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Candy Freak by Steve Almond

Xw12_2 I first saw Candy Freak here at the library about a year ago, and was fascinated by the author’s devotion to all things sweet, processed, and junky, although I was smitten with another book at the time.  Candy Freak caught my eye a year later, and after a couple of Dove’s Darks, I pretty quickly reassessed its value as an entry for this blog. 

As part salute to the multitudes of packaged candies that have dotted the American landscape in the past century and part lament on the squeeze of mega-businesses on today’s candy industry, Almond calls our attention on the bygone days when regional brands ruled the day and the hegemony of the Big Three (as he calls Hershey, Mars, & Nestle) wasn’t nearly as pronounced.

The first part of the book is Almond’s humorous reminisce about the sweets that peopled his childhood and adolescence, when he discovered (and yes, embraced) his addiction to candy, and learned how to maximize his limited teenage buying power for the best sugar buzz. The mention of some of the little-known brand names brought me back to my own childhood in a strong way – the bittersweet memories of having a couple of bucks to blow on sweets, back when a dollar mattered, and coming home (if making it home with the bag intact) with a bag full of Zero bars, caramels, Mary Jane’s, Bit-O-Honey’s, various hard candies sure to bust a tooth out, and other brands that elude me now.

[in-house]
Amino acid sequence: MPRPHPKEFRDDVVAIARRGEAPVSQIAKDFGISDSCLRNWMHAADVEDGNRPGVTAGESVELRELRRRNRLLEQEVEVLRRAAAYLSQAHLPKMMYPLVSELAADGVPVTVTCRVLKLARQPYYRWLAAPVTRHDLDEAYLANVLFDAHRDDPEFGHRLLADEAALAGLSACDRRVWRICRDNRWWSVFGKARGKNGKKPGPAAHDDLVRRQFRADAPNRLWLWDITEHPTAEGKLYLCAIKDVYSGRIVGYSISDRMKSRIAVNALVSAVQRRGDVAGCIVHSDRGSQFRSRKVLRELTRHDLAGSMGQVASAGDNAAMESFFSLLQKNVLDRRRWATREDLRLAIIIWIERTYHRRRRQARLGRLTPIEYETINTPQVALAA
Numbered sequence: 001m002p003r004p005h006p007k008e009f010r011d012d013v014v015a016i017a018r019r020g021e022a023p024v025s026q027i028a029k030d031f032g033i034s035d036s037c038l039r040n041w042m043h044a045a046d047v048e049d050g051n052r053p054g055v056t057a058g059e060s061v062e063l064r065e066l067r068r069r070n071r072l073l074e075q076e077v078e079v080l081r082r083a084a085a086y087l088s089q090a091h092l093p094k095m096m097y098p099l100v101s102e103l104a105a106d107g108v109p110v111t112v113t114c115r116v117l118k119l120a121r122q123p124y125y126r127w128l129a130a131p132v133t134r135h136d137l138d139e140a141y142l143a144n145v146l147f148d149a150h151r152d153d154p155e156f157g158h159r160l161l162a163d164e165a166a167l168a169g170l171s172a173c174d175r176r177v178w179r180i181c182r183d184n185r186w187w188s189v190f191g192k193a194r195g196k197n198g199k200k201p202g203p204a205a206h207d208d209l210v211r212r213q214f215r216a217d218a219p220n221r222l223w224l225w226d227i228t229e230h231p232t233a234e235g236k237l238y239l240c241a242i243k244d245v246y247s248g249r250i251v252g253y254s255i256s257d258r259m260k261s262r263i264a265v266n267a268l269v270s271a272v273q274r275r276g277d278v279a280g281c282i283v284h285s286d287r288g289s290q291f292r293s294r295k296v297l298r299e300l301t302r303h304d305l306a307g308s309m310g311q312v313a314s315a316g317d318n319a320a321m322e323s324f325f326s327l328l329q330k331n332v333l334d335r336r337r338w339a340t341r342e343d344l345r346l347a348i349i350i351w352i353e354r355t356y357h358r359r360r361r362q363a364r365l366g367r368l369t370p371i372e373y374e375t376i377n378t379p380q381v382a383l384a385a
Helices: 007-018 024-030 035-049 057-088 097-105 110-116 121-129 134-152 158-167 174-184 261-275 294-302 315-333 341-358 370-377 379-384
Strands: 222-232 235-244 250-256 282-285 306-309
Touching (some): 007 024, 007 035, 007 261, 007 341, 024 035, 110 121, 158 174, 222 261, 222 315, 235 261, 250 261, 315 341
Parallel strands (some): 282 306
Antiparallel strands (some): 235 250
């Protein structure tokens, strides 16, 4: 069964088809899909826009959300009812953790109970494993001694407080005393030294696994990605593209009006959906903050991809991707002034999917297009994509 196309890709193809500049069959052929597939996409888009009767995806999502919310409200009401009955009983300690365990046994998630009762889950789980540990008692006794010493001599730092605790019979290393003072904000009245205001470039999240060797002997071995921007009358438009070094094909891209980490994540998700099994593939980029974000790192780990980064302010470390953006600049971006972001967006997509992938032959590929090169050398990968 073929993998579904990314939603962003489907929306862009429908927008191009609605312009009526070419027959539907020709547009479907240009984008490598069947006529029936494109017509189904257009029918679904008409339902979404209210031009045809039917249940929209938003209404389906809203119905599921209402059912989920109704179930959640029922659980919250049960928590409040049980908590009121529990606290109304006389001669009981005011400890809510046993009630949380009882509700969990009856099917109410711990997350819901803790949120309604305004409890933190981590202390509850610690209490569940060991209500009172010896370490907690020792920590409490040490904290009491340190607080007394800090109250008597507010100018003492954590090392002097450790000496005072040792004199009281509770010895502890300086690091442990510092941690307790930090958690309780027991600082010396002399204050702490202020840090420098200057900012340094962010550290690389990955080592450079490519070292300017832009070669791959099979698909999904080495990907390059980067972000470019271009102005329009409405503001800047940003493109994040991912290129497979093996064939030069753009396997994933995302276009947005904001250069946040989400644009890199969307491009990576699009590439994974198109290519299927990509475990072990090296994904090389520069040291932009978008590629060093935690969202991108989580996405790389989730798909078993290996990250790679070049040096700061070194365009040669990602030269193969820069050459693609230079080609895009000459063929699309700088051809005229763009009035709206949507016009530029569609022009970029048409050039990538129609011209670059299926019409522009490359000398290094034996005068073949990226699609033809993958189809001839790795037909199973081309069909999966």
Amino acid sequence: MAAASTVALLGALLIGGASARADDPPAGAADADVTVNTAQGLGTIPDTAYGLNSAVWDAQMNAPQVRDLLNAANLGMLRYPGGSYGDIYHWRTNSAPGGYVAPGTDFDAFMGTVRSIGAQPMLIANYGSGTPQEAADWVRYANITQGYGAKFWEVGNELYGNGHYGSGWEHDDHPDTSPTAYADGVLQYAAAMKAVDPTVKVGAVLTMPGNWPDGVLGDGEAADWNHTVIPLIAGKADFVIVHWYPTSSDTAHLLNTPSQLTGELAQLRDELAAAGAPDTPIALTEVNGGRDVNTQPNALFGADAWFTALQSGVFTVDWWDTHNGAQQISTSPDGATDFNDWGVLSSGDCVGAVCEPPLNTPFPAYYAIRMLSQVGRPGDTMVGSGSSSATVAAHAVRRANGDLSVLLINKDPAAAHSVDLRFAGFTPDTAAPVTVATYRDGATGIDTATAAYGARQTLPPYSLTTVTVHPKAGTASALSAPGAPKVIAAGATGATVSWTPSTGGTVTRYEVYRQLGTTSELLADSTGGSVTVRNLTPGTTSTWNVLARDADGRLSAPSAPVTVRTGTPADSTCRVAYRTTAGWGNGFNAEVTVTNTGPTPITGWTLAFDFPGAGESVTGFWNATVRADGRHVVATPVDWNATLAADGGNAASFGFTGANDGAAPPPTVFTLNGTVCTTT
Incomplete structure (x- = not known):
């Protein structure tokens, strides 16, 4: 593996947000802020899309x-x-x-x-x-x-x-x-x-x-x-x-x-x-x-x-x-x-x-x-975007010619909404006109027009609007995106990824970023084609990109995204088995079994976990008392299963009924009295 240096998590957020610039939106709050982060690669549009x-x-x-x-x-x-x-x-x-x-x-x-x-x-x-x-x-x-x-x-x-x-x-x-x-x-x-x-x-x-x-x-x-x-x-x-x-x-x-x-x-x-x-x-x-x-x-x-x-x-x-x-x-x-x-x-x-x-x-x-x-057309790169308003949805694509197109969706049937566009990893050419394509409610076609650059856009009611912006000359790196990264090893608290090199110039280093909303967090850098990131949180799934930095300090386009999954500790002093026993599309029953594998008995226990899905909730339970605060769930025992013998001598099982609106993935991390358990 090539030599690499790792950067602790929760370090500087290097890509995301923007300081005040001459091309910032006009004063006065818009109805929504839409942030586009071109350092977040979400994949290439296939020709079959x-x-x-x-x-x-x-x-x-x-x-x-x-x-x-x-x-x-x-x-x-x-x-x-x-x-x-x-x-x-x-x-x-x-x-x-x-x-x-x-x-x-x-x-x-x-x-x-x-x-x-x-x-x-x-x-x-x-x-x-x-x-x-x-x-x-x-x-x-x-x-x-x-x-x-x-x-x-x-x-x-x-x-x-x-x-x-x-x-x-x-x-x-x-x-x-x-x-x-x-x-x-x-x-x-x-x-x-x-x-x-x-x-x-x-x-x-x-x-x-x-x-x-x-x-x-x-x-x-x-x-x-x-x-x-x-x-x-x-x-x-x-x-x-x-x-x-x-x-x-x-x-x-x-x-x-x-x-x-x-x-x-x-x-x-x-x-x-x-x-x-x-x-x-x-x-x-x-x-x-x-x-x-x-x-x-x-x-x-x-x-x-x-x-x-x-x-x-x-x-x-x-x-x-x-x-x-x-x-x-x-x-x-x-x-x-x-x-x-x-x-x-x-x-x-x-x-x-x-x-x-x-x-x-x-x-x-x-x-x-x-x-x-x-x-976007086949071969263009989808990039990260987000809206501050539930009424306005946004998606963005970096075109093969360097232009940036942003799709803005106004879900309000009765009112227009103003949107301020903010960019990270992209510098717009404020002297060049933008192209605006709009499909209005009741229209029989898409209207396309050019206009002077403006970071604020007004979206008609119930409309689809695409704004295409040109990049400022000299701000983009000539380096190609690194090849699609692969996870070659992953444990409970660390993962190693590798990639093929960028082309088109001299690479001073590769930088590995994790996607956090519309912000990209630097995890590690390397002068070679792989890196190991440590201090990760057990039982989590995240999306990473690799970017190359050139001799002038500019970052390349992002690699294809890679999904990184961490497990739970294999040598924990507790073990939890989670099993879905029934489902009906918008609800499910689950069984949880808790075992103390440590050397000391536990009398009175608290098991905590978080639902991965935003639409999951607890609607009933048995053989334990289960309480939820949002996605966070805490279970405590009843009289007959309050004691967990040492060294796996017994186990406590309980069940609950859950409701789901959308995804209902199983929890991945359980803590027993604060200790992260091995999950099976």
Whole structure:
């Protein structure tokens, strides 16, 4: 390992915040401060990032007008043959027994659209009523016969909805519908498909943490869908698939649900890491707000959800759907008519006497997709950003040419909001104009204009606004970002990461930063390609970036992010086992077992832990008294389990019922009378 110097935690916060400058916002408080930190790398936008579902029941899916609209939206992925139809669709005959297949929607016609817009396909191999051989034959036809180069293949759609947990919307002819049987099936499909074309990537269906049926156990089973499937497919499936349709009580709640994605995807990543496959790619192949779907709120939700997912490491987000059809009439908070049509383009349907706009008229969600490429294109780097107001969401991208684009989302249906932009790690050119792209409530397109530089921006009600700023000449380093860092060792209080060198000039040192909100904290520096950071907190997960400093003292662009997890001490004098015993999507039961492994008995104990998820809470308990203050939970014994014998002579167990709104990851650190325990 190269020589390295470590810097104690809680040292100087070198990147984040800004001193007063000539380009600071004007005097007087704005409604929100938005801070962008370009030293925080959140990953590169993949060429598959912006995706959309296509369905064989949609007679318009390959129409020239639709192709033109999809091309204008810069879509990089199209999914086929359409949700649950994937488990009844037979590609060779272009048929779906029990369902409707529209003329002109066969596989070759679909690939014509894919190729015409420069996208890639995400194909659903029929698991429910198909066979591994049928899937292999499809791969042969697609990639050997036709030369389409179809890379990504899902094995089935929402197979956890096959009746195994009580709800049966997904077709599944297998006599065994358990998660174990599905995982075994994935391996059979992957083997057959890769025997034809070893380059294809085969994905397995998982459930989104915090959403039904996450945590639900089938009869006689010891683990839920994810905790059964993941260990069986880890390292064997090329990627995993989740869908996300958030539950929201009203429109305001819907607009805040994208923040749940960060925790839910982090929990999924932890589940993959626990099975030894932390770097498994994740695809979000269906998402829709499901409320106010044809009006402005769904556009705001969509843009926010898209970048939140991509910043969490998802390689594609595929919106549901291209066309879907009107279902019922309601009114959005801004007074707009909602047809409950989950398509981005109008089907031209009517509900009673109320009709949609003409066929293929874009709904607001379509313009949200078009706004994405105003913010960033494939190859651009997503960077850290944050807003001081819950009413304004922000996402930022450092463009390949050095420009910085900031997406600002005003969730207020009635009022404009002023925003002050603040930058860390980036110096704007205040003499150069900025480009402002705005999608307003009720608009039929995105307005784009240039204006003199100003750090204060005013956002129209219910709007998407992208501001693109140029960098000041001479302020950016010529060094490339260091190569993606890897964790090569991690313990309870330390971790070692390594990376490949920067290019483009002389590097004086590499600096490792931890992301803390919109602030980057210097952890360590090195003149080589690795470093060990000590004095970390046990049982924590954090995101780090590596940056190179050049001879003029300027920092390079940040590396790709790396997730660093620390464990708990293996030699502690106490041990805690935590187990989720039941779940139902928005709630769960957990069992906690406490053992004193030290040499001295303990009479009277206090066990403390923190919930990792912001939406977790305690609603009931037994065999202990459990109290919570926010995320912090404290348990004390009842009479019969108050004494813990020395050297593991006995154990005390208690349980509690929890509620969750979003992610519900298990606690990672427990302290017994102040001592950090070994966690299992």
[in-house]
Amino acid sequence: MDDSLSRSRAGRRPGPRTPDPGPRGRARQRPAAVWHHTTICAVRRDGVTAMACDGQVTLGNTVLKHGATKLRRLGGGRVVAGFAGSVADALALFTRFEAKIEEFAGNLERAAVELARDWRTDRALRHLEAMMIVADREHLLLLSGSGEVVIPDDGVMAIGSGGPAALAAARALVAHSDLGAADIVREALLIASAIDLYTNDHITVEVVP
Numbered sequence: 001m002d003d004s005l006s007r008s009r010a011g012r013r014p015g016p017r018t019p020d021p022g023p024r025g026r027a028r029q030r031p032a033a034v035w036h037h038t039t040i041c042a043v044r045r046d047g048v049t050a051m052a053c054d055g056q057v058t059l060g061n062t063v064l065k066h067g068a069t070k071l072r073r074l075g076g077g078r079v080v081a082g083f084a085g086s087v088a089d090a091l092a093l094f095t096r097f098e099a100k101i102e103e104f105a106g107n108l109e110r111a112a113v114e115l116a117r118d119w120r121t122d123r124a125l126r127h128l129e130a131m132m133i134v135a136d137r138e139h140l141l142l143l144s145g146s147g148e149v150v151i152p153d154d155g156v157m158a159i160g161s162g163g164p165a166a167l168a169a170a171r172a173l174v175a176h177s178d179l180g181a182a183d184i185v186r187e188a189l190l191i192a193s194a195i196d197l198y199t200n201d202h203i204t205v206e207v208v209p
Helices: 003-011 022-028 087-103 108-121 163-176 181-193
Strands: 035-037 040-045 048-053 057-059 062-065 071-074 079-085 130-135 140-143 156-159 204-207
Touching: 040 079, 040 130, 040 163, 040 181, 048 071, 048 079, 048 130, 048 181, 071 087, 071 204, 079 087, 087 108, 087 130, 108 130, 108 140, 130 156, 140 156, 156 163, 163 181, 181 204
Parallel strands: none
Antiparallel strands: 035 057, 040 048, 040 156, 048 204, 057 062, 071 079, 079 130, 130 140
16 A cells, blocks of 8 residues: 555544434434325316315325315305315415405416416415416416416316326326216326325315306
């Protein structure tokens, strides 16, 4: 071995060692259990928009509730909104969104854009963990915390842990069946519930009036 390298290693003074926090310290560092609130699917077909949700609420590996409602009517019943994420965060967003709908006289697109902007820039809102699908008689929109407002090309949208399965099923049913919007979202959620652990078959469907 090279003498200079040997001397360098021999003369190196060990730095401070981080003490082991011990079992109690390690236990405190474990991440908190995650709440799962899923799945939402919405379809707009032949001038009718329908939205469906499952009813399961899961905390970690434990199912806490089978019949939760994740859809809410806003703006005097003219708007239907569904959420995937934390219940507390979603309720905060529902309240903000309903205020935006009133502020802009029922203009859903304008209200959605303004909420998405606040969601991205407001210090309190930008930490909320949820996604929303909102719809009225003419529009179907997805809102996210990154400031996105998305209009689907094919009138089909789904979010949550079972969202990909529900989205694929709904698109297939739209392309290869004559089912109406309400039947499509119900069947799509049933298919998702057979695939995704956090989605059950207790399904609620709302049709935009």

Almond also tours some of America’s last bastions of small business candy manufacturing and meets the owners of these establishments, who, in their own quirky fashion, manage to keep their own little niches of sweets heaven afloat amid corporate takeovers.  These individuals display a wonderful belief in their product and a zeal that makes you want to take your hat off to these holdouts of Mom and Pop America.  Ever wonder how and where the Goo Goo Cluster is created?  You’ll find out, in graphic detail, along with other regional candies such as the Valomilk, the Idaho Spud, and other gooey delights.

If you have a yen for the sweet, the packaged, the nostalgic days of yore, love the wacky world of candy, and like a fun read, then Candy Freak won’t disappoint.

(William Hicks, Information Services)


One Response

  1. bittersweet? Sour? Not a bit! It is obvious the author of this review does not sugarcoat his comments.


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